The titular near-23-minute A-side track was a breakthrough hit, marking a radical new beginning for the band. Close your eyes and you can feel the pure physical sensations of a car being driven on the highway; it's as if the band is transcribing the vibrations and mechanics of a car, rather than a musical instrument. Listen closer, you also hear the birth of a musical revolution, a sample of what most of our music sounds like today.

(Some trivia: The Coen brothers made a winking allusion to the band and the album in The Big Lebowski. The Dude, Walter, and Donny run into a trio of German "nihilists", one of whom is part of a fictitious band called Autobahn. The cover art of their sole record also resembles that of Kraftwerk's The Man-Machine. In a more straightforward credit, Rainer Werner Fassbinder used "Radioactivity" — from Autobahn's 1975 follow-up Radio-Activity — in his 14-part epic Berlin Alexanderplatz.)

Florian Schneider passes away at 73 Tracing Kraftwerks enduring influence on musics greatest shapeshifters

Florian Schneider. Reuters Photo

Changing their mode of transport but not the journey, Schneider and Hütter were at the peak of their hypnotic powers in Trans-Europe Express (1977). Minimalist in design, retro-futurist in flavour, "Europe Endless" and "Trans-Europe Express" boast some of the most irresistibly catchy synth riffs ever to be woven together. With tracks like "The Robots", "Spacelab", and "The Model", The Man-Machine (1978) even surpassed the master stroke of the previous albums, as the boundaries between the organic and inorganic become foggier. LCD Soundsystem fans should recognise the riffs in "The Robots", repurposed by James Murphy in "Get Innocuous!".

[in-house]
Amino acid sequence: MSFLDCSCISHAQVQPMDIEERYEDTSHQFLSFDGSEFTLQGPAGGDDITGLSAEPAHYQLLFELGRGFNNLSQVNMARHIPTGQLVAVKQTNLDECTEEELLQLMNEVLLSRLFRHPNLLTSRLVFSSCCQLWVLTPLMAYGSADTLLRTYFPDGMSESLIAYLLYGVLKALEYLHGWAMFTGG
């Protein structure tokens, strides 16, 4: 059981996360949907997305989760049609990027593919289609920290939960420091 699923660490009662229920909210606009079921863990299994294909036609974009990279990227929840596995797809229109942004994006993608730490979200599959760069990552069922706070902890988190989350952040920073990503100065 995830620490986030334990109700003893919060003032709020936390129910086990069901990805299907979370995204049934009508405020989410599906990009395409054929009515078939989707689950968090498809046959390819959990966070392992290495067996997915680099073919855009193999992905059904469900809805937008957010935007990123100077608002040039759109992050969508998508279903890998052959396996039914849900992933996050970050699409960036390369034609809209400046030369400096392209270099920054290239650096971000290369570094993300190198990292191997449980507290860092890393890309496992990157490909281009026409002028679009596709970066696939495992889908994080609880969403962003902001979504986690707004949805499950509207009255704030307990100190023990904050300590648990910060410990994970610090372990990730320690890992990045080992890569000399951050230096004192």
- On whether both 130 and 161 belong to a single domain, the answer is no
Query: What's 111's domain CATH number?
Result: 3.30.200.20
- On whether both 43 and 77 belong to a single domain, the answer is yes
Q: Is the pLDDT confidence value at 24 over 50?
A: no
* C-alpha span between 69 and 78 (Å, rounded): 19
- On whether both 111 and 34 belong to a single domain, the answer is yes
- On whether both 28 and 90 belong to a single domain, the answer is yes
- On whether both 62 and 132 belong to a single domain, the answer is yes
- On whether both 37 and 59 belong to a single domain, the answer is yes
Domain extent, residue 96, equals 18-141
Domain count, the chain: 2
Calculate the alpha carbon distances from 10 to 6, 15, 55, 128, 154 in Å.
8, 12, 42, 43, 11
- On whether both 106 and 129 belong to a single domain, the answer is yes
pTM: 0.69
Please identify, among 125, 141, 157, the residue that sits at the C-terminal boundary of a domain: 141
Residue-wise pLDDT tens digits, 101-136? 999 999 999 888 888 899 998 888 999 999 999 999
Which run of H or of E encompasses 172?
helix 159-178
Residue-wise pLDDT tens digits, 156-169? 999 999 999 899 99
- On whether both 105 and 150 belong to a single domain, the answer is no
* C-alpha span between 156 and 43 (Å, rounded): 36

Computer World (1981), arguably their last great album, foreshadows a world where music is written, recorded, produced, performed and consumed on screens.

The titular track's lyrics about "Interpol and Deutsche Bank, FBI and Scotland Yard" being privy to our data is as prescient as it gets. Kraftwerk built on these technological anxieties in tracks like "Pocket Calculator" and "Computer Love" (the opening keyboard riff of which is the principal motif of Coldplay's "Talk"). It’s true: Conceptual albums with broad musical palettes and abstract lyrics (about surveillance, mass consumerism and other Thom Yorke-esque concerns) existed long before there was Radiohead. Of course, there was also a playful aspect to Kraftwerk considering the self-irony of them mostly using electronic instruments to create music.

Kraftwerk thus had an enduring influence on music's greatest shapeshifters, those who refused to be confined to labels but boldly experimented with radical styles. This was reflected not only in their musical styles, but also in the immersive videos and visuals they created in their performances. It is no wonder David Bowie invited them to open his world tour in 1976; Radiohead did the same in 2009. Bowie even settled in Berlin to record a trilogy (Low, Heroes, Lodger) in response to Kraftwerk and the larger "krautrock" scene in Germany, paying tribute to Schneider with an off kilter saxophone-synth track in Heroes ("V-2 Schneider"). Like The Cure founder Lol Tolhurst tweeted about Schneider on Wednesday, "Every modern musician owes something to this man’s vision.”